The Last Airbus A380: The Airline Who Refuses To Let The Aircraft Die

End of an era.

Image Credit: Emirates

Emirates has taken delivery of the world’s last new Airbus A380, which was flown to Dubai from Hamburg last week. This signalled the end of 16 years of production of the much-loved jet (252 were built in total).

To mark the occasion, the aircraft was flown in a heart-shaped circle around Germany. This was noticed by Flight Radar 24, and posted to their Twitter account. Their followers quickly chimed in with how this moment made them feel.

“NO YOU’RE CRYING,” one wrote. “Love [love heart emoji],” wrote another.

Airbus took to Twitter with the following: “As we get ready to hand over MSN272 to @emirates, here’s our Flight Test team sending some Red heart to all #A380 fans out there.” One Twitter user said this was “very sad” and that it was “one of the most comfortable planes ever.”

Further comments included “so sad it’s the final build” and “they made 15 hour flights slightly tolerable.”

They won’t be making 15 hour flights slightly more tolerable forever though, with this latest delivery to Emirates being the very last one. That said: at least customers will be able to enjoy an A380 – a jet that can fit up to 853 passengers – for a few years to come (or until the airlines currently using A380s retire them all).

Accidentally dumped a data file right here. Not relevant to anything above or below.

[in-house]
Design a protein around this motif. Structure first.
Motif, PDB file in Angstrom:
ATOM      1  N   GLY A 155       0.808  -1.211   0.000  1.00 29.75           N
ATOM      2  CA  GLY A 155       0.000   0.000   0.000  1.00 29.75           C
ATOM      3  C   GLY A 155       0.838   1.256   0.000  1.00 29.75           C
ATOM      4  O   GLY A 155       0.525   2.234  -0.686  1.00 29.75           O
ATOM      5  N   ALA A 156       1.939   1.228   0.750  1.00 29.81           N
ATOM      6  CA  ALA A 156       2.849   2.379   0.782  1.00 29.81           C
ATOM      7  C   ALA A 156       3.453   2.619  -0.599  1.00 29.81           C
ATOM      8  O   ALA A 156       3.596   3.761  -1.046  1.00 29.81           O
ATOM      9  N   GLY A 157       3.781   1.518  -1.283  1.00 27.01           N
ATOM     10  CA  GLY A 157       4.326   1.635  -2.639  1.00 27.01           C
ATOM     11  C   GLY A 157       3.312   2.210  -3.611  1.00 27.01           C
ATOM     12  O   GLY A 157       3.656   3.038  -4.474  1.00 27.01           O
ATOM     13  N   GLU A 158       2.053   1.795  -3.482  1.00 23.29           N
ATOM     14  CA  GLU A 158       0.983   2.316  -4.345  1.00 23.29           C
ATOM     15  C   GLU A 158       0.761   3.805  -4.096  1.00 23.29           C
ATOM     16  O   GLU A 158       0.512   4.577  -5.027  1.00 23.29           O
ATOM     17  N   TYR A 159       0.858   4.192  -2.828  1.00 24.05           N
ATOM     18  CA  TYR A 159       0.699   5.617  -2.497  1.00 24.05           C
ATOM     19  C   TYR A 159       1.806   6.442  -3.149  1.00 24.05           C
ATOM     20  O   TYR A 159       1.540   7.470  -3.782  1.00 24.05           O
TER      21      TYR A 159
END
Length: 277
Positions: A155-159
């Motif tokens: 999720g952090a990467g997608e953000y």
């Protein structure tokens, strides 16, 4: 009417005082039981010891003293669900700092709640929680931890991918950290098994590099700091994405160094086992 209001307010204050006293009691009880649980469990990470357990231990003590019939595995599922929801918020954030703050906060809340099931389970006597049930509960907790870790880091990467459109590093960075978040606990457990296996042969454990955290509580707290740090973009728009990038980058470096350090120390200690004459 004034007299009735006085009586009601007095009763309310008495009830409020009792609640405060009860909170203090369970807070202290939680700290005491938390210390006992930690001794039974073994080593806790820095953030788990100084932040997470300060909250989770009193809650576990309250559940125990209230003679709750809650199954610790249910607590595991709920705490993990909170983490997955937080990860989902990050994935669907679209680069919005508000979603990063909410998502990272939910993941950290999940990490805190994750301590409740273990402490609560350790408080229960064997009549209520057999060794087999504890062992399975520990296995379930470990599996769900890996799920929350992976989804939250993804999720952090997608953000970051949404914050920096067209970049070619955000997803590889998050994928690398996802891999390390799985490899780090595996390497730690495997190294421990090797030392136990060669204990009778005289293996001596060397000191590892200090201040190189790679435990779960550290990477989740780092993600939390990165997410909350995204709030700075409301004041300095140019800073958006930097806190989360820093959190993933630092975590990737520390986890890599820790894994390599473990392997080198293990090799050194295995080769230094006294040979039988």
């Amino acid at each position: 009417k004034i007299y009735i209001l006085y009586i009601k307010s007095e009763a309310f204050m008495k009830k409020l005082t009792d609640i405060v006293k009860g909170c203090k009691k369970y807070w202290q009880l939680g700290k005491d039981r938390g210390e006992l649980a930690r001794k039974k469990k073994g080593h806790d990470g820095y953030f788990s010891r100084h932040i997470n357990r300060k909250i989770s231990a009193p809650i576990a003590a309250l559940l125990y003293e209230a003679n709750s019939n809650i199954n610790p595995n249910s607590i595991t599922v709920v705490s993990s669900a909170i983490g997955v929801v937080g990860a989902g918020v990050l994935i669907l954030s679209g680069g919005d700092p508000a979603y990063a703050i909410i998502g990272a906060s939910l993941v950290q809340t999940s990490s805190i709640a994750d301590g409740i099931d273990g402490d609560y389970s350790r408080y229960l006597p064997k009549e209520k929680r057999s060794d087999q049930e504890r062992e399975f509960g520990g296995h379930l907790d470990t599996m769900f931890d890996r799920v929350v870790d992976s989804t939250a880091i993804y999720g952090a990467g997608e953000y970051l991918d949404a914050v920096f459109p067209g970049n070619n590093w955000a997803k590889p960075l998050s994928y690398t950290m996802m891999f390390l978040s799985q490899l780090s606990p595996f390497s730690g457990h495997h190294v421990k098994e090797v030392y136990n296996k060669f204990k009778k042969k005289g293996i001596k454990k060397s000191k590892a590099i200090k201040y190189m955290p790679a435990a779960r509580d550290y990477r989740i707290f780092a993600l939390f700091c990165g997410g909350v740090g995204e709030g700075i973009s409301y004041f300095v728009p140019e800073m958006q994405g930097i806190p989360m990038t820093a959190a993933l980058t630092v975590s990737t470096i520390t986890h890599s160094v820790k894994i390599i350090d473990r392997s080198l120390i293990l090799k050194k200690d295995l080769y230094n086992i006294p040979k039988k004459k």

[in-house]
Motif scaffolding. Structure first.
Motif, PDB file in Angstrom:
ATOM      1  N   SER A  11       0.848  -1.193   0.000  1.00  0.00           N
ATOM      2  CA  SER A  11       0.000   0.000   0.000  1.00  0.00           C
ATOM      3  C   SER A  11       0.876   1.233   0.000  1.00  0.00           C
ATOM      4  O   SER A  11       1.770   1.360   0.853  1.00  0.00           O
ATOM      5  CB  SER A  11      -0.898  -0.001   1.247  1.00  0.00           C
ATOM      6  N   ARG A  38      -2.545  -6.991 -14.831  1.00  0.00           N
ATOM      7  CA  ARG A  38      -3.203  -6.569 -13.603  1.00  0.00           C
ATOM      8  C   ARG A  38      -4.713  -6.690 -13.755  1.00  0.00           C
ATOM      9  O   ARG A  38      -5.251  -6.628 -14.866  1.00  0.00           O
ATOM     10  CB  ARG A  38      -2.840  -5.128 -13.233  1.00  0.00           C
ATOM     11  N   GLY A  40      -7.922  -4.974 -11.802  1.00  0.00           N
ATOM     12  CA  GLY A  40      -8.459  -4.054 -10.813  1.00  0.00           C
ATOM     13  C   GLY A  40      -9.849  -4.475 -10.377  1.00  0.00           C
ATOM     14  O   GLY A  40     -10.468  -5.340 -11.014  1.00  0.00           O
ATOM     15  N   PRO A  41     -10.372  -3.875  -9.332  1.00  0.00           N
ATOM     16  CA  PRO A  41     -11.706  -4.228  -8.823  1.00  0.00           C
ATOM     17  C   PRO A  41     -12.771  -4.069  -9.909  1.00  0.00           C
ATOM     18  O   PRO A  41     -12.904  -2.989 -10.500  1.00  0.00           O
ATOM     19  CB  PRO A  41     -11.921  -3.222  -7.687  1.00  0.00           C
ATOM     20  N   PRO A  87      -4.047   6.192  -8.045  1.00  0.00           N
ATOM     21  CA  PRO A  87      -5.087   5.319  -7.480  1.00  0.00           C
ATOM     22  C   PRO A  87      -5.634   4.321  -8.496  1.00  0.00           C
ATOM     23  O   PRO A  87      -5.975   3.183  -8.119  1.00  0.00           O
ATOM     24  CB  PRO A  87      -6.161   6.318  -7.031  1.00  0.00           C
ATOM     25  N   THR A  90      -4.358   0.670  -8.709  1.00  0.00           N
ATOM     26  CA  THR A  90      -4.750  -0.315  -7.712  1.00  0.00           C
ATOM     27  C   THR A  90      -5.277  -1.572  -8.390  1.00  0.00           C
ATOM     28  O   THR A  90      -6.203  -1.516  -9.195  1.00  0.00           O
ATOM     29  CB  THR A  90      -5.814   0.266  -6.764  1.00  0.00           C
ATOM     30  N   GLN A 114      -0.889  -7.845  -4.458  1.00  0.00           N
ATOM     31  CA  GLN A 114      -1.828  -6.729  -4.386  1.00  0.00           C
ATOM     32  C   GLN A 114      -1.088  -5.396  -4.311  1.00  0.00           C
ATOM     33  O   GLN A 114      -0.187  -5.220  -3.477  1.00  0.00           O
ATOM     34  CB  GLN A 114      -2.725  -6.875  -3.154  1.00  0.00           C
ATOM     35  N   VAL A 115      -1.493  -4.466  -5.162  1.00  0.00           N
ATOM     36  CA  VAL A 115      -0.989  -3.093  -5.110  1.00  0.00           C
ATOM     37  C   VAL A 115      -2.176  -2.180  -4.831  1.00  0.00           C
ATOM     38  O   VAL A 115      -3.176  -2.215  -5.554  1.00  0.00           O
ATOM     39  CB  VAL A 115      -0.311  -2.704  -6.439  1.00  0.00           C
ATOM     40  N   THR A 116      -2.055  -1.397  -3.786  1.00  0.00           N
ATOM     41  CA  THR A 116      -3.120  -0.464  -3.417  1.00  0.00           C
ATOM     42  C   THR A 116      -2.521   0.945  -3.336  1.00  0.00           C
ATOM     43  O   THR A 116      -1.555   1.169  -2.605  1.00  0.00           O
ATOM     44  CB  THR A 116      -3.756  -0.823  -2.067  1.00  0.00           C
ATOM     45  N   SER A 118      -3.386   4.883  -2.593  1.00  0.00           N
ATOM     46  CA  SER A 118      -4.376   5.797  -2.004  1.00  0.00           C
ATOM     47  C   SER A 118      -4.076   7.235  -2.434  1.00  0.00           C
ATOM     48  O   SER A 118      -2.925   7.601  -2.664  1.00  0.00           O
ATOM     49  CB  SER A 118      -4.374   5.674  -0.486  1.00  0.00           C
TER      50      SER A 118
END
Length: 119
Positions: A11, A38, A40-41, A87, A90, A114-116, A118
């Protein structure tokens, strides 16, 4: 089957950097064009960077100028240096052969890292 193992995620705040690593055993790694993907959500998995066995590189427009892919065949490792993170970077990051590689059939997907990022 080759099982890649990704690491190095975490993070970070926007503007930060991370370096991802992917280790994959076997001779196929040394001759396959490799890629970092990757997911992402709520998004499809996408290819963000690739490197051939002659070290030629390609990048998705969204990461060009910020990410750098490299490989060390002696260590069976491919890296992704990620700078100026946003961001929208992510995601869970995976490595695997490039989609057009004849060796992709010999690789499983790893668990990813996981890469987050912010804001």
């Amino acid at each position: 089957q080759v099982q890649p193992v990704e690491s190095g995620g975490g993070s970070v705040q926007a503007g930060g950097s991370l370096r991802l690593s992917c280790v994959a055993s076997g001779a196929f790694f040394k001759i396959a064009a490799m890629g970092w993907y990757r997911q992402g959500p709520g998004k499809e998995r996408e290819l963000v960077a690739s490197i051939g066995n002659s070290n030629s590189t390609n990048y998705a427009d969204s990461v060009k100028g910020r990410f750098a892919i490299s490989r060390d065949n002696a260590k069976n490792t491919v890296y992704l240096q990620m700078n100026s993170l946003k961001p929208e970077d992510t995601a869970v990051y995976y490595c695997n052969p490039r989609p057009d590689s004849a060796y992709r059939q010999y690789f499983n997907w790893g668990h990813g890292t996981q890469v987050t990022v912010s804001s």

Airbus’ CEO Guillaume Faury also took to Twitter to share his thoughts. 

He wrote: “It’s been a very remarkable week. To wrap it up I couldn’t resist sharing a priviledged moment in Hamburg: the delivery of @Emirates ‘ final #A380, plus a special guest – ‘MSN001’ the original A380. Thanks to all Airbus pioneers & partners who contributed to this iconic aircraft.”

The A380 was called the future of aviation when it first was introduced.

In recent years, however, due to COVID (and the jet failing to fulfil the commercial vision of its designers) airlines have been favouring smaller aircraft.

Airbus announced plans to stop making the jet in 2019 due to a lack of demand. 

Indeed, Reuters reports that “production of the world’s largest airliner – capable of seating 500 people on two decks together with perks such as showers in first class – has ended with just over 250 delivered to airlines compared with the 1,000 or more once predicted.”

The age of the superjumbo isn’t over yet though. Emirates has now received 123 A380s and they will continue operating them for the foreseeable future (British Airways and Singapore Airlines use A380s for some routes too, and Qantas is also reportedly backing it as well).

So, even though it’s true that the pandemic saw many of the world’s A380s fall permanently out of favour (as CNN Travel reports, “Lufthansa’s decision to park its A380 turned into the German carrier permanently retiring the superjumbos, while AirFrance also retired its last A380”), other airlines are still banking on the A380’s popularity with passengers, and gradually putting it back onto some flight paths.

Image Credit: Flight Radar 24

After the last ever A380 was delivered to London (before it was flown to Dubai), Tim Clark, Emirates’ president, said the A380 will “remain Emirates’ flagship product for the coming years” calling it “a vital pillar of our network plans.”

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